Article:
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1st workshop of the REAL project
June 7 - June 8
The kinds of justification or ground most commonly offered for human rights ca be divided into instrumental and non-instrumental justifications. According to the former, human rights protect valued features of human life; according to the latter, human rights are expressions of our inviolable moral status as persons. Both types of justification have significant limitations; the second one in particular, is arguably plagued by a vicious circularity problem, as several authors have noted: if inviolability is part of the definition of moral status, this seems to express the same idea as rights. In light of these issues, this workshop will explore alternative grounds and evaluations for human rights. In particular, the workshop will consider (basic) equality as a possible ground for human rights and whether it can be understood in a way that is not reducible to either of the grounds mentioned earlier. More generally, the workshop will consider the ways in which human rights and egalitarian commitments may converge or diverge.
Confirmed speakers: Ian Carter (University of Pavia), Kasper Lippert-Rasmussen (Aarhus University), Gopal Sreenivasan (Duke University), Jiewuh Song (Seoul National University), Jesse Tomalty (University of Bergen), Laura Valentini (LMU Munich), Ariel Zylberman (University of Albany, SUNNY)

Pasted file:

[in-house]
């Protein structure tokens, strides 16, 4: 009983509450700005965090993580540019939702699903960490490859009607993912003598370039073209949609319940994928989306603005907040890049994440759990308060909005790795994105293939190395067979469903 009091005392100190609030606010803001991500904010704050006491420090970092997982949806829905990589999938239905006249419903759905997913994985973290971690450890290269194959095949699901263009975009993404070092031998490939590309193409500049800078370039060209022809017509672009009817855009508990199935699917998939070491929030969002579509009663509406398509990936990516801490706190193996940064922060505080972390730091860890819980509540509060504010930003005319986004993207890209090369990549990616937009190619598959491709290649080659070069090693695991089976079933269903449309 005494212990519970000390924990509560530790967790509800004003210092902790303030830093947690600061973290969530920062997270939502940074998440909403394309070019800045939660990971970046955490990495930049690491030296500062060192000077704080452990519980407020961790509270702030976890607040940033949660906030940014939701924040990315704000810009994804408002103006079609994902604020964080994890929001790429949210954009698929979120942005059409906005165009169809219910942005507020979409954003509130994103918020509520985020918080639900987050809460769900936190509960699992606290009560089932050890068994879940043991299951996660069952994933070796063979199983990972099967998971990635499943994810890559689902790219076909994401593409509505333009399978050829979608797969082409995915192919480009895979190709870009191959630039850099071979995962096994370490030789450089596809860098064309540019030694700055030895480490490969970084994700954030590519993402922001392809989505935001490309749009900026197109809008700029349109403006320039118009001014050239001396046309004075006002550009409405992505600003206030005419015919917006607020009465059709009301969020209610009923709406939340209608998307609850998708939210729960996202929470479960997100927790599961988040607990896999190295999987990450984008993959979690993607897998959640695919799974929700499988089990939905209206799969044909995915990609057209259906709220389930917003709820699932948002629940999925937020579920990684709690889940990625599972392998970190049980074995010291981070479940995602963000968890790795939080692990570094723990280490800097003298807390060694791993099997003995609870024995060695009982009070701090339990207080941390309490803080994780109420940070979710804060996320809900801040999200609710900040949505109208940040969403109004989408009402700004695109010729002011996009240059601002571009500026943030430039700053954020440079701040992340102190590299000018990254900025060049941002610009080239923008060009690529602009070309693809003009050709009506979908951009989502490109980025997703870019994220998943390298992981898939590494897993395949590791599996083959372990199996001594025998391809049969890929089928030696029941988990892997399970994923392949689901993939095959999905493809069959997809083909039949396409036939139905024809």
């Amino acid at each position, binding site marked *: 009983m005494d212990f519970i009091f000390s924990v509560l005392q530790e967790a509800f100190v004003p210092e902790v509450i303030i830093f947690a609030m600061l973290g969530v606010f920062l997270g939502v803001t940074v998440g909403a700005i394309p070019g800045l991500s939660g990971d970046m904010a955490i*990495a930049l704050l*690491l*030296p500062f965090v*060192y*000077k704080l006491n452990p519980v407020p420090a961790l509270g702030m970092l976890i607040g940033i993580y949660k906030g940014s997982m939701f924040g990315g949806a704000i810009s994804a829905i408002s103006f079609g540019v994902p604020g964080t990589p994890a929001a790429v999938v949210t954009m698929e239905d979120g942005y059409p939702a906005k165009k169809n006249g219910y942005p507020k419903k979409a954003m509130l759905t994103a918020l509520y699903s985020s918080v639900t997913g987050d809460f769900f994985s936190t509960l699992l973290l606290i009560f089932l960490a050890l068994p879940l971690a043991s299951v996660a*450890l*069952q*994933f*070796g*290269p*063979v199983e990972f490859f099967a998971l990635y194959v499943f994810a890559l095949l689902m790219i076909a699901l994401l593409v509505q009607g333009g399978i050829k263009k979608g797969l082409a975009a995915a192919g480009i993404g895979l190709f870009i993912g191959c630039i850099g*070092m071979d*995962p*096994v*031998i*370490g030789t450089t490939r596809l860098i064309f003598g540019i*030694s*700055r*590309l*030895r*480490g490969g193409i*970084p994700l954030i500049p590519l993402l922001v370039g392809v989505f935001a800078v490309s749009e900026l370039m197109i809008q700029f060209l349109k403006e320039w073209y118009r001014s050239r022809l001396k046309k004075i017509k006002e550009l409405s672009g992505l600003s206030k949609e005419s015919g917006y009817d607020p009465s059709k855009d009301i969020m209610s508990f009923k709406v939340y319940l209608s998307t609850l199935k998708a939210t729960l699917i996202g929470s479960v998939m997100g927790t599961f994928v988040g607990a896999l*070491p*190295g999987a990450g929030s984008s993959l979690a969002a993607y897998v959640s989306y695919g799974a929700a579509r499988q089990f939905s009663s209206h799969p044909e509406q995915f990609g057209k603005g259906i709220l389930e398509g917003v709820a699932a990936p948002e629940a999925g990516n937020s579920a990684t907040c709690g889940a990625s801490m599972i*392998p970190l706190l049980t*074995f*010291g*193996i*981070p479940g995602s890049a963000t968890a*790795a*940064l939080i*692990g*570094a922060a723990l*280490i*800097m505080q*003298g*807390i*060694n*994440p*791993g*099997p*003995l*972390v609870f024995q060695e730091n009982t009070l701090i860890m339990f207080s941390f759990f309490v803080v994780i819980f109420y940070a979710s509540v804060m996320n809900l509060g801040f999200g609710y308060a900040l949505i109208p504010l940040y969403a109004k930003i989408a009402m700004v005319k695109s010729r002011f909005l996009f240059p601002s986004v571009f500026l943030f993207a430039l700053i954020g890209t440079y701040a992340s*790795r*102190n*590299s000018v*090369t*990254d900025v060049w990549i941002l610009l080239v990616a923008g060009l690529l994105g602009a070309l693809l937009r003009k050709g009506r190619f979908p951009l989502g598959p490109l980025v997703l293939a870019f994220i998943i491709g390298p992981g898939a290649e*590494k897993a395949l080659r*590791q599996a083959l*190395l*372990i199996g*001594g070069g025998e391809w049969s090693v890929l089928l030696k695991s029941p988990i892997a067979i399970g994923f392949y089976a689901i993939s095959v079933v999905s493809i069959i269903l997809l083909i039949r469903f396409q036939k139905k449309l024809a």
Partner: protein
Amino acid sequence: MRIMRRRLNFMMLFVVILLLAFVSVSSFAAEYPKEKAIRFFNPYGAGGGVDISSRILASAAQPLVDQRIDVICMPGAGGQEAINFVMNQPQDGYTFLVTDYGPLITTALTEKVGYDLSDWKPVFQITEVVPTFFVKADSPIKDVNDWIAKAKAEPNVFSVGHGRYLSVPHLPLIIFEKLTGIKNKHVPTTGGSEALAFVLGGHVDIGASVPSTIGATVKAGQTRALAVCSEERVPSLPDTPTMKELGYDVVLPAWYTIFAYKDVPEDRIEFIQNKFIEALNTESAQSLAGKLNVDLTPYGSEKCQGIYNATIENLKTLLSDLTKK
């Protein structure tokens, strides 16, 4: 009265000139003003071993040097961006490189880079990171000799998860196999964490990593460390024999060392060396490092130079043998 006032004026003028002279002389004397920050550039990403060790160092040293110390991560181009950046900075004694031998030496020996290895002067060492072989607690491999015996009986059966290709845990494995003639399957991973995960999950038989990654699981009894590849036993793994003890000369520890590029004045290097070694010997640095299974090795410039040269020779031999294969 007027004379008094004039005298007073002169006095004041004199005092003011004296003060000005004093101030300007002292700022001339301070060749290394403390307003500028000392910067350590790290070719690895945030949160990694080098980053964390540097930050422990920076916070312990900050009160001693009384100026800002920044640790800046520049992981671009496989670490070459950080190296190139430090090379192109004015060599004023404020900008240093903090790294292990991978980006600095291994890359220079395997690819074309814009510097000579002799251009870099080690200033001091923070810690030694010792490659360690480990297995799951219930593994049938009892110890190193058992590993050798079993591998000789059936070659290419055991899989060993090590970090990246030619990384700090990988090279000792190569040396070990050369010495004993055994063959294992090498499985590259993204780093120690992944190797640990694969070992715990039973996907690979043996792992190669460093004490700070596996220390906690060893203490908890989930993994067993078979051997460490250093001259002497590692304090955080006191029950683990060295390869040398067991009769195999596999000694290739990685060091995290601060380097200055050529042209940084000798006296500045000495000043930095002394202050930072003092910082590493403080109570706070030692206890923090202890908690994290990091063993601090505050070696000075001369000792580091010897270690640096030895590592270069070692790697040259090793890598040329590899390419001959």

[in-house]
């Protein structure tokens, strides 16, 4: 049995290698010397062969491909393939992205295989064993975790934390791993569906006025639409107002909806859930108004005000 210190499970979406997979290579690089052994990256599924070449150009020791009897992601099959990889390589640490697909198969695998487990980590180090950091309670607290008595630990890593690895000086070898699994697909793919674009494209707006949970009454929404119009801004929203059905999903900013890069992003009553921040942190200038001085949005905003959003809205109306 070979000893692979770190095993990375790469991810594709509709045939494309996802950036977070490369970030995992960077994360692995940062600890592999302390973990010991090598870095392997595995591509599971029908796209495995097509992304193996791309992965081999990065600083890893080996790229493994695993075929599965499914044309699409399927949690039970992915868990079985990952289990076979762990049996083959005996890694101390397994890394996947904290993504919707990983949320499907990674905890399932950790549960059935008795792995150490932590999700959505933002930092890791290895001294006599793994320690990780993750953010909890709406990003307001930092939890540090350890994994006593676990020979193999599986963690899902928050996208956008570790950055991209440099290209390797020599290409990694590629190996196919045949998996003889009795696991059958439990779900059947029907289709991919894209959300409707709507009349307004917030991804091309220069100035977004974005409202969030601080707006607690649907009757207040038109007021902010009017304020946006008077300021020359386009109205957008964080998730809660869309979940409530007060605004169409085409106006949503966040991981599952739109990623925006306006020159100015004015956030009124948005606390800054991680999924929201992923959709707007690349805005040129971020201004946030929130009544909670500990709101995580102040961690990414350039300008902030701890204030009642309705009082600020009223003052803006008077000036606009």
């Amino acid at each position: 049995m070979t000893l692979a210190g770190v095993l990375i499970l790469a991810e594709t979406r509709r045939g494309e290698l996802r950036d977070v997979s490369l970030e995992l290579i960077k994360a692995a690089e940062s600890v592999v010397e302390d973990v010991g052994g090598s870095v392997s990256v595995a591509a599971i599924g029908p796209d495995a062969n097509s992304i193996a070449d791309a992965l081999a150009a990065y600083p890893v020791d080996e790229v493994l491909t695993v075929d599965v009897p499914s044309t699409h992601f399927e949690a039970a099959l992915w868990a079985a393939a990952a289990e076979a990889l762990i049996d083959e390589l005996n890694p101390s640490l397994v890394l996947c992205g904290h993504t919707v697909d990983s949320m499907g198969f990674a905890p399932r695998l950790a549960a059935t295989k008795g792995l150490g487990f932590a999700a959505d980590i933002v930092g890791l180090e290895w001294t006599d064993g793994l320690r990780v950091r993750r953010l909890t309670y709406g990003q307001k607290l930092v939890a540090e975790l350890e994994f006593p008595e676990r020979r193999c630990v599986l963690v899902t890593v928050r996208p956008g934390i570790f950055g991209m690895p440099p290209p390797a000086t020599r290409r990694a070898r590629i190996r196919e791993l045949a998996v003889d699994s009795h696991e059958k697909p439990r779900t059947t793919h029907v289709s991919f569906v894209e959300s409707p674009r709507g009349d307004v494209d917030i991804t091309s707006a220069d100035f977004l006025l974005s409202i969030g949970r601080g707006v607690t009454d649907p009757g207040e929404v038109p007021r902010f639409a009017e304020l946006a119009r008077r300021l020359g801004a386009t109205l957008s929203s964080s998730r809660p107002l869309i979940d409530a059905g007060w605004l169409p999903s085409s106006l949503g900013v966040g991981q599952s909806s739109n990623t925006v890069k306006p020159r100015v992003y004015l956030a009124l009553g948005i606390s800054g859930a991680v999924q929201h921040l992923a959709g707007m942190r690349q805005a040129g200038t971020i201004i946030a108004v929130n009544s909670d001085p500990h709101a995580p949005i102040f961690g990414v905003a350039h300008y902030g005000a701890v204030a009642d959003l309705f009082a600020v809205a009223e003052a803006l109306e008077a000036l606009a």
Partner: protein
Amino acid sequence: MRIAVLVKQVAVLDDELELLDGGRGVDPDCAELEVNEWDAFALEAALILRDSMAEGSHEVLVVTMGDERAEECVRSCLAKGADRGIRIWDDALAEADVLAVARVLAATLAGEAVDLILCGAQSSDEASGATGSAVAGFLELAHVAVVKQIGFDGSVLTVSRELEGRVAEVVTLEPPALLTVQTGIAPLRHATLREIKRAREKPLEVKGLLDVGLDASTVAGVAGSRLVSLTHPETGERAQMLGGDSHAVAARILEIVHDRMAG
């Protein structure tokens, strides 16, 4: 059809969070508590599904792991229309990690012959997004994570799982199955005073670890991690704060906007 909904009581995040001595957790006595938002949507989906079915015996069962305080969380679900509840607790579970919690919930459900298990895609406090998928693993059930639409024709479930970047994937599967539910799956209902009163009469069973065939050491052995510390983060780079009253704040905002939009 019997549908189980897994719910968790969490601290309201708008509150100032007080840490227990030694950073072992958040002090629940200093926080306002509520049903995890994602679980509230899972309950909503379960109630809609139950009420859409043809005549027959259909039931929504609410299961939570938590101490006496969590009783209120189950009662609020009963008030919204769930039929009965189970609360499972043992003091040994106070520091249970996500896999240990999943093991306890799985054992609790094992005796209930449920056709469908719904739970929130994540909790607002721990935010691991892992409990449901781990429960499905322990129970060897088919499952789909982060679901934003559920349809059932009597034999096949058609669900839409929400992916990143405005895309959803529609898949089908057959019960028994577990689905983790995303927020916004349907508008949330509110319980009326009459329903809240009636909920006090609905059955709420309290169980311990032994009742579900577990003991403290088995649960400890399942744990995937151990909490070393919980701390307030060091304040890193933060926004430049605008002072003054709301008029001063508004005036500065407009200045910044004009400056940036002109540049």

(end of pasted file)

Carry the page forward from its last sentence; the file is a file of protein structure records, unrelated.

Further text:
10:00 – 11:30 Adina Preda – ‘Justifications of human rights’
11:30 – 12:30 Ian Carter – ‘Equality and opacity’
12:30 – 13:30 Lunch break
13:30 – 14:30 Gopal Sreenivasan – ‘Human rights and democratic legitimacy’
14:45 – 16:15 Ariel Zylberman – ‘Rights constitutivism’
10:00 – 11:30 Jiewuh Song – ‘Egalitarian reasons and human rights obligations’
11:30 – 12:30 Kasper Lippert-Rasmussen – ‘Discrimination and moral equality of persons: Could we oppose the former and not accept the latter?’
12:30 – 13:30 lunch break
13:30 – 14:30 Laura Valentini – ‘On the explanatory dispensability of natural rights’
14:45 – 16:00 Jesse Tomalty – ‘Discrimination at the border’